LOUISVILLE, Ky. (AP) — Marking one year since her death, Breonna Taylor’s family, joined by family attorney Ben Crump and hundreds of protesters, gathered in downtown Louisville Saturday.
The gathering was held to honor Taylor’s legacy and continue their demands for justice, organizers said.
Last summer, Louisville, Kentucky’s largest city, became the site of huge protests in the wake of the police killing of Taylor, a Black woman who was shot multiple times by police during a botched drug raid in March.
A grand jury has indicted one officer on wanton endangerment charges in September for shooting into a neighbor’s apartment, but no officers have been charged in connection with her death.
A federal investigation of the shooting that has been quietly proceeding could be the last chance for her family to reach their goal of formal prosecution.
“We can’t expect people to continue to emotionally and mentally keep moving forward when there hasn’t been any justice yet for Breonna Taylor,” said Rep. Attica Scott, a state lawmaker who was tear-gassed and arrested during summer protests in the city. “We’ve been failed every single time from every level of government, and we need a freaking break.”
That could come in the form of the ongoing inquiry by the U.S. Department of Justice, which appears to have expanded well beyond the actions of the three police officers who fired their guns into Taylor’s home on March 13, 2020. Last year, a grand jury formed by state Attorney General Daniel Cameron charged one officer with putting Taylor’s neighbors in danger but issued no charges related to her death.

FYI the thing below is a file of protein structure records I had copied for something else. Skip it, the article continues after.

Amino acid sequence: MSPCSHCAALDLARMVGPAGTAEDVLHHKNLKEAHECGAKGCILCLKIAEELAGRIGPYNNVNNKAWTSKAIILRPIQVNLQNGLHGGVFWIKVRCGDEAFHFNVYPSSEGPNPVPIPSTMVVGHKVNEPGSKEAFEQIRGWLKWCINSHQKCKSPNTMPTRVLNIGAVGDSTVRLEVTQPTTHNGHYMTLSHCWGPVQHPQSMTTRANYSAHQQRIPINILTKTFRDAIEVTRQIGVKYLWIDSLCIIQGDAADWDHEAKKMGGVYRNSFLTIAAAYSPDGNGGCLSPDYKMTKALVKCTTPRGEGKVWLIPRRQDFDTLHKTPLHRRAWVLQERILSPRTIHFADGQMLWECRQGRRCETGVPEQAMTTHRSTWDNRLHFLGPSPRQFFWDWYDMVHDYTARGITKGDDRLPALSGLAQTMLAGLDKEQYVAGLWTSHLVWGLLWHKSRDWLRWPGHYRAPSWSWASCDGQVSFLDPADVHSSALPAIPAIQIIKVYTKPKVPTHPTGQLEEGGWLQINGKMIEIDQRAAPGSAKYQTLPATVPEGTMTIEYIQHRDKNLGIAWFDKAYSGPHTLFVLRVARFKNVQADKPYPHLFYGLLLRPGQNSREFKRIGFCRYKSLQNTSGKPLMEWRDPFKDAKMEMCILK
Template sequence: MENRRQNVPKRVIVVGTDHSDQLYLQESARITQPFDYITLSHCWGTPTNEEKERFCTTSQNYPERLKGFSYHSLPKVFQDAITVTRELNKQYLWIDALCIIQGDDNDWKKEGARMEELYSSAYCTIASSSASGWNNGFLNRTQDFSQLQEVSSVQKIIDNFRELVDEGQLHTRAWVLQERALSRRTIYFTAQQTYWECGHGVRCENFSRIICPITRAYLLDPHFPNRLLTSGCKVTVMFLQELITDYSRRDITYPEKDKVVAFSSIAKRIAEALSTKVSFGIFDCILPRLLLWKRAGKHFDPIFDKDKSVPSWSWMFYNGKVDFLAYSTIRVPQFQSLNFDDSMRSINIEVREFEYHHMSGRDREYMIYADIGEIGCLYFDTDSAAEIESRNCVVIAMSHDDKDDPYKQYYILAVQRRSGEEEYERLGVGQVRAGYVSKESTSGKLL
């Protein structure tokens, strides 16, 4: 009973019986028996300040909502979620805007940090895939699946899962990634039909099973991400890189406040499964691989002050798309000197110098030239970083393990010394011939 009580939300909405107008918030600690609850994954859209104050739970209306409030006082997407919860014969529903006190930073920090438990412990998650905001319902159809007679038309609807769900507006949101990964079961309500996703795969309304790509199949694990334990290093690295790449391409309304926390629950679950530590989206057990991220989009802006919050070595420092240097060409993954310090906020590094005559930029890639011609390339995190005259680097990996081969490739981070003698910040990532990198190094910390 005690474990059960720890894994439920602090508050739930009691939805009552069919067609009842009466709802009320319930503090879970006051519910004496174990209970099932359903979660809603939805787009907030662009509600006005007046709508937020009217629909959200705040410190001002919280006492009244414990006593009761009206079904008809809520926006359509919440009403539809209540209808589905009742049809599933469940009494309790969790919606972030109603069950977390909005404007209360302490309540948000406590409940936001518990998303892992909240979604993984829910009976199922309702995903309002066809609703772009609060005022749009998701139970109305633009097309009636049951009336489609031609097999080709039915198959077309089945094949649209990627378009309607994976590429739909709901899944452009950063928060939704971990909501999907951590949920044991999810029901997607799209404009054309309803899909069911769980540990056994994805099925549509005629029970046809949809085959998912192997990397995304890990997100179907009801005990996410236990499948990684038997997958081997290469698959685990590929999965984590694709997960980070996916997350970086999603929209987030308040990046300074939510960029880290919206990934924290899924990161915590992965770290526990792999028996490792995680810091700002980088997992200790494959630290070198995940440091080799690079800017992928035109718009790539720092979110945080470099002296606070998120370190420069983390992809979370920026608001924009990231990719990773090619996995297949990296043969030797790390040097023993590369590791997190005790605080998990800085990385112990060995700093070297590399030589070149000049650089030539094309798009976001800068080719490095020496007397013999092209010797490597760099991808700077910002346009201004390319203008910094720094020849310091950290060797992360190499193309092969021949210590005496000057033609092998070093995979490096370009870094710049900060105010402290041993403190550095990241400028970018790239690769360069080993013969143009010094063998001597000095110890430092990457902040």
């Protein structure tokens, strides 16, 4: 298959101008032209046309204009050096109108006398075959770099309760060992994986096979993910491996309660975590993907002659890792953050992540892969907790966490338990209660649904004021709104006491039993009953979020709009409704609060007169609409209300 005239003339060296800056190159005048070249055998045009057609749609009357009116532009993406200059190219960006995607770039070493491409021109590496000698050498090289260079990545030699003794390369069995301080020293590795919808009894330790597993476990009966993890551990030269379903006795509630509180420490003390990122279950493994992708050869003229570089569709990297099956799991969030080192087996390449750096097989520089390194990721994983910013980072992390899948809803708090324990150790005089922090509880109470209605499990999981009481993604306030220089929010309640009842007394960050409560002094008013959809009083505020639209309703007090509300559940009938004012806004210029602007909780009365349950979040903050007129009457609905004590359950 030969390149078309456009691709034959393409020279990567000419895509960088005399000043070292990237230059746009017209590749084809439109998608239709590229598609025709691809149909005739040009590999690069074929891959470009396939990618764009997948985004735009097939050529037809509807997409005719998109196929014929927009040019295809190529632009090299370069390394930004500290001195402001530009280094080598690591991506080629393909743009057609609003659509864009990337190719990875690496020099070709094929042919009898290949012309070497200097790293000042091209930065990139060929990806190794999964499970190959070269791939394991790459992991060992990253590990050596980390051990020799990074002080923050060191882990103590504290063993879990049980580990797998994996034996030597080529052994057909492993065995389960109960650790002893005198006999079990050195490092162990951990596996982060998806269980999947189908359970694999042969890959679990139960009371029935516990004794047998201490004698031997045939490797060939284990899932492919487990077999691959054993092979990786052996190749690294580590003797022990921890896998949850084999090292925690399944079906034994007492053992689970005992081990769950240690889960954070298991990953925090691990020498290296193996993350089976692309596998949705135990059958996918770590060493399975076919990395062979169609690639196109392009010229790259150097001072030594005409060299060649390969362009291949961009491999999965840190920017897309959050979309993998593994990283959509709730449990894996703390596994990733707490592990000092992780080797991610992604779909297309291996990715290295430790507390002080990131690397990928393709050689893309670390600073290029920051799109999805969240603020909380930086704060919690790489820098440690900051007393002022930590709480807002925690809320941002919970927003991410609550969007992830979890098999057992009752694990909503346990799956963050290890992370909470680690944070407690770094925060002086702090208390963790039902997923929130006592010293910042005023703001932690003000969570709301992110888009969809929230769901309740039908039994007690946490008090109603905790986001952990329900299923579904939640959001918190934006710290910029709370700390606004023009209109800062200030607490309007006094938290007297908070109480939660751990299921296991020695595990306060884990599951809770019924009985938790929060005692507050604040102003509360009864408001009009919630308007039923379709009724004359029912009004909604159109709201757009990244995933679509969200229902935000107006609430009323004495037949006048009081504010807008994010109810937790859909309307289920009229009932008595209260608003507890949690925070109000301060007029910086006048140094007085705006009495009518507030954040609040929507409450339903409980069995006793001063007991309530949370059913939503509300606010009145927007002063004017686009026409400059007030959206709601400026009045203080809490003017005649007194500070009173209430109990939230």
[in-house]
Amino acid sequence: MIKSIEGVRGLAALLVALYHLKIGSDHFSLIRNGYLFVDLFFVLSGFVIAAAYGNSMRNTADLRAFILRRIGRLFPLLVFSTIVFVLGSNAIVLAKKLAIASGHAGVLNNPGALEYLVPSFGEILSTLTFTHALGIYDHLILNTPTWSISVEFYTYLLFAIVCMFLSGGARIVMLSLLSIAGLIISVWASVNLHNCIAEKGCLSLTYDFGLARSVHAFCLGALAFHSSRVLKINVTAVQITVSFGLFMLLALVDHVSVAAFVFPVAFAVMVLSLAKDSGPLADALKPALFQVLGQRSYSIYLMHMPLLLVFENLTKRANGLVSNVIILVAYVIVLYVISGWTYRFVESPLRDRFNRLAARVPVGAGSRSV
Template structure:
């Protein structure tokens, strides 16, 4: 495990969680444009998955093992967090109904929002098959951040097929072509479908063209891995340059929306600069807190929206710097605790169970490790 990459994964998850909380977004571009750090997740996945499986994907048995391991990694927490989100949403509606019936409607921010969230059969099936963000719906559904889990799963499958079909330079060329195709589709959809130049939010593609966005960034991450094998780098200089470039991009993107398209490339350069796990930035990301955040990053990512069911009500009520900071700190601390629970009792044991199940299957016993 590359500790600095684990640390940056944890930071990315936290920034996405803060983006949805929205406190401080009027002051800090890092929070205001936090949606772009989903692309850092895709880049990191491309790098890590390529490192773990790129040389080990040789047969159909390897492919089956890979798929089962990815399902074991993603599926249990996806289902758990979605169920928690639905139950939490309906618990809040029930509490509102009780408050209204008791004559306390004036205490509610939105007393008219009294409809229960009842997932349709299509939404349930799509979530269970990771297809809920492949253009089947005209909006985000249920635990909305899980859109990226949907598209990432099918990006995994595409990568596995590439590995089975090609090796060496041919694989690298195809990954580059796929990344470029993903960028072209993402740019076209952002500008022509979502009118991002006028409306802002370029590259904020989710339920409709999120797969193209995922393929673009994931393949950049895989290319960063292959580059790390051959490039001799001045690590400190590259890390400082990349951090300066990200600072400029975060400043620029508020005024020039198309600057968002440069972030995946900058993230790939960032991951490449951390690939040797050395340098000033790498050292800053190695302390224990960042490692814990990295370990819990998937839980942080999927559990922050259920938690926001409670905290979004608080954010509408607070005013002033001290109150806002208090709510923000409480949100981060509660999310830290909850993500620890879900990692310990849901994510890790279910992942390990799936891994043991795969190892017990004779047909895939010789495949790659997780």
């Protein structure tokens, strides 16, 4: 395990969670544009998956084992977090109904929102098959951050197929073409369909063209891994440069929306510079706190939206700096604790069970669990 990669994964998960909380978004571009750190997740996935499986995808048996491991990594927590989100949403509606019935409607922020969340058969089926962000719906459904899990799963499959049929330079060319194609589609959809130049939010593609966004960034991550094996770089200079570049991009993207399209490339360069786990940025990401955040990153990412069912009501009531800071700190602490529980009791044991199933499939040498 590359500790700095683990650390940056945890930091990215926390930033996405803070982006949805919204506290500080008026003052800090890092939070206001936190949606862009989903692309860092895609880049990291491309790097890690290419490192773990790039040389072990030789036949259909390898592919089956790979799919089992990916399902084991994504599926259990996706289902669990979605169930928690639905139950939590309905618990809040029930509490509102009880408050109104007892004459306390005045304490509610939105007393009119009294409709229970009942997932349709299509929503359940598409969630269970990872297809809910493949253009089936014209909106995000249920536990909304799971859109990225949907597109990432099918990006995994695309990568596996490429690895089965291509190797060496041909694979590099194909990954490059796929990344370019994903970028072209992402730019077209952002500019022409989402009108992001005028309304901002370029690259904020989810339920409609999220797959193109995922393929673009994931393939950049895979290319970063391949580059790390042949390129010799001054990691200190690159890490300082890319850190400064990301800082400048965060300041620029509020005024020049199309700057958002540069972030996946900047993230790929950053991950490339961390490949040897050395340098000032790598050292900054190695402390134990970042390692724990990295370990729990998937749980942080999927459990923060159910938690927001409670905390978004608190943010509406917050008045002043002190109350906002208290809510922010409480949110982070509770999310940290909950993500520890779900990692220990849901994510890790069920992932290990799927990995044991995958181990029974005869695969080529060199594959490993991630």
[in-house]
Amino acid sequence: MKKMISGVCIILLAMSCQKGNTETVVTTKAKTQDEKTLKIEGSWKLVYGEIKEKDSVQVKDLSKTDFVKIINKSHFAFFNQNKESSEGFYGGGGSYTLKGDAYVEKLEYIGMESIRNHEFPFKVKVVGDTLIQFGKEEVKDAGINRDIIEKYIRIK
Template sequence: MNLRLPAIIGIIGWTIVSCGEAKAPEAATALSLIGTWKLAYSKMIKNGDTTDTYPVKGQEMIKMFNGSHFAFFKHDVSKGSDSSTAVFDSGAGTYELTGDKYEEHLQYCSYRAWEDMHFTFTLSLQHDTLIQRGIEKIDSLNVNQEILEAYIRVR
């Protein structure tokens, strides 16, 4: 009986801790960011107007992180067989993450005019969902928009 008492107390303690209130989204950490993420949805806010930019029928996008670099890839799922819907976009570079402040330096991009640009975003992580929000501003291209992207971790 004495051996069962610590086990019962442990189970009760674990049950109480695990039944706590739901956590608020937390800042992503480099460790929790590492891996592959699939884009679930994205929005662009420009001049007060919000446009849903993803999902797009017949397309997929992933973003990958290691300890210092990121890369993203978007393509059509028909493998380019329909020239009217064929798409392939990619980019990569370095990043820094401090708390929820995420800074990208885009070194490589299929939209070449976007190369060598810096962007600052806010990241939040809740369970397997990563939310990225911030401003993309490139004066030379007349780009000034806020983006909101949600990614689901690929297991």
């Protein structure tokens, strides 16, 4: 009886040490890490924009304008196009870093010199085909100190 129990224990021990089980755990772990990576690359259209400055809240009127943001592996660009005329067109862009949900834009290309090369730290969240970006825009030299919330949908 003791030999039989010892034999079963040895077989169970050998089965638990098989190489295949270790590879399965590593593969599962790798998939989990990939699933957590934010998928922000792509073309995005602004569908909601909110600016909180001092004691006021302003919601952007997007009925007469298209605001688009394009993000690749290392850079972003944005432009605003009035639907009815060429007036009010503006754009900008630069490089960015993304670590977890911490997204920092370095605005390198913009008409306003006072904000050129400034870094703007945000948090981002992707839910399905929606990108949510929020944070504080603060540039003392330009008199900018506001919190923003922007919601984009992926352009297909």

The warrant that sent the police to Taylor’s home was not part of Cameron’s criminal investigation, but that document and how it was obtained are under review by federal investigators. And there are signs the investigation could range into the Louisville police response to protests after the shooting.
Taylor’s death initially flew under the media radar, as the COVID-19 crisis shut down society, but George Floyd’s death in Minnesota and the release of a chilling 911 call from Taylor’s boyfriend in late May sparked interest in the case.
Months of protests, police reforms and investigations followed. The city banned controversial “no-knock” warrants, hired a new police chief and paid a $12 million settlement to Taylor’s mother. Two of the officers who fired shots were dismissed from the department, along with a detective who sought the warrant.
Through it all, protesters continued to chant, “Arrest the Cops!” But that hasn’t happened.
Demonstrations similar to that in Louisville are expected to play out across the country Saturday.